Sober up, Balala tells politicians threatening KWS over wildlife attacks

Politicians ultimatums and threats will not
help stop the human-wildlife conflicts which have caused loss of lives and
property across the country, Tourism CS Najib Balala has said.

Balala said this on Tuesday, noting the need for politicians to sober up and accept there is a problem which needs to be solved.

“There is a solution when we engage,” he emphasised during an interview on Citizen TV,

The CS defended the Kenya Wildlife Service saying it is not
entirely to blame for the encroachment of farms by wildlife.

“It’s easy to put blame on that (wild animals invading
farms). But it is humans who have occupied animals’ land. We have
blocked their corridors,” the CS said.

Balala reported that the ministry was working on strategies to end the problem as wildlife is important to the economy.

“We need these animals as our heritage. It is easy to get frustrated when people die and property is destroyed [but] let’s be more sober; no ultimatums, no retaliation. It’s not
going to help us."

On January 17, Kajiado Governor Joseph ole Lenku
gave the KWS two days to get elephants off Maasais’ farms, failure of which the people would defend themselves.

Days earlier, Maasai morans in the county had killed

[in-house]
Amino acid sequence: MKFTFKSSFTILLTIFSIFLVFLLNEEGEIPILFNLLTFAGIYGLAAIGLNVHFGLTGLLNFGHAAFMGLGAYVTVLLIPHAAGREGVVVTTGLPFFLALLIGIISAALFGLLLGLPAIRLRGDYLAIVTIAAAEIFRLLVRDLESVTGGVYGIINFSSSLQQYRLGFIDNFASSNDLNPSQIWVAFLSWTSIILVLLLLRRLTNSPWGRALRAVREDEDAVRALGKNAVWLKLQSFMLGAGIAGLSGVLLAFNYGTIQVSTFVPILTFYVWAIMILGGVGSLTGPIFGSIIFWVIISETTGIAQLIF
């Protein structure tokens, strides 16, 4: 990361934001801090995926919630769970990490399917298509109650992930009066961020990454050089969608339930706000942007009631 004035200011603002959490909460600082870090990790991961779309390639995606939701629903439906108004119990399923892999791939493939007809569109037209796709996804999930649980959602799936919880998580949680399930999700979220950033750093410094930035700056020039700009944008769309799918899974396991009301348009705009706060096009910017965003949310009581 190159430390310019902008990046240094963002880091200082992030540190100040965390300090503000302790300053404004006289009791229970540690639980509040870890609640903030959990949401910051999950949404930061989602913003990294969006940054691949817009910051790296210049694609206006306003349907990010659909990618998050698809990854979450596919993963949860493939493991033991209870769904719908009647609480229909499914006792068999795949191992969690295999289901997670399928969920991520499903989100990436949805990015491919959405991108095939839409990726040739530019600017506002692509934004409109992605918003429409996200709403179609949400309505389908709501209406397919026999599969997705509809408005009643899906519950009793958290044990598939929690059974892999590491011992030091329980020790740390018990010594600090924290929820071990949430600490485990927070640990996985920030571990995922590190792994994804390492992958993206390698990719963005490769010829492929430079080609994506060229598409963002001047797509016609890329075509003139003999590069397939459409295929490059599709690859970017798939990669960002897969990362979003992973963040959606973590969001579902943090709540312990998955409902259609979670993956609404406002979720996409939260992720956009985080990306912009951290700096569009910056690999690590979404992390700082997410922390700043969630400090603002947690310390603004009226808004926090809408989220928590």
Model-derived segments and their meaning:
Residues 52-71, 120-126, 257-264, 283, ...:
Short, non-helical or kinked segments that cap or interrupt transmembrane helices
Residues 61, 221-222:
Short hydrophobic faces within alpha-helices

two jumbos from Amboseli National Park in Imbuko Location after initially
warning the service against letting the animals stray into their farms.

Read: Kajiado drives elephants back to Amboseli after Ole Lenku's ultimatum

Balala said his number one agenda for the next five years is to engage stakeholders on lasting solutions.

The Wildlife docket was reintegrated into the
Tourism ministry following separation during the Grand Coalition Government by then-President Mwai
Kibaki and then-Prime Minister Raila Odinga.

Regarding compensation, Balala noted the KWS is struggling with outstanding bills of Sh15 billion, most of the victims – 70 per cent – having suffered snake bites.

These bites, he said, can attract compensation of up to Sh3 million.

“We don’t have a budget for it,” he said. “We have to delist snake bites as part of
compensation or else this country will go bankrupt."

More on this: Sh1.5b snakebite compensations cripples Environment ministry

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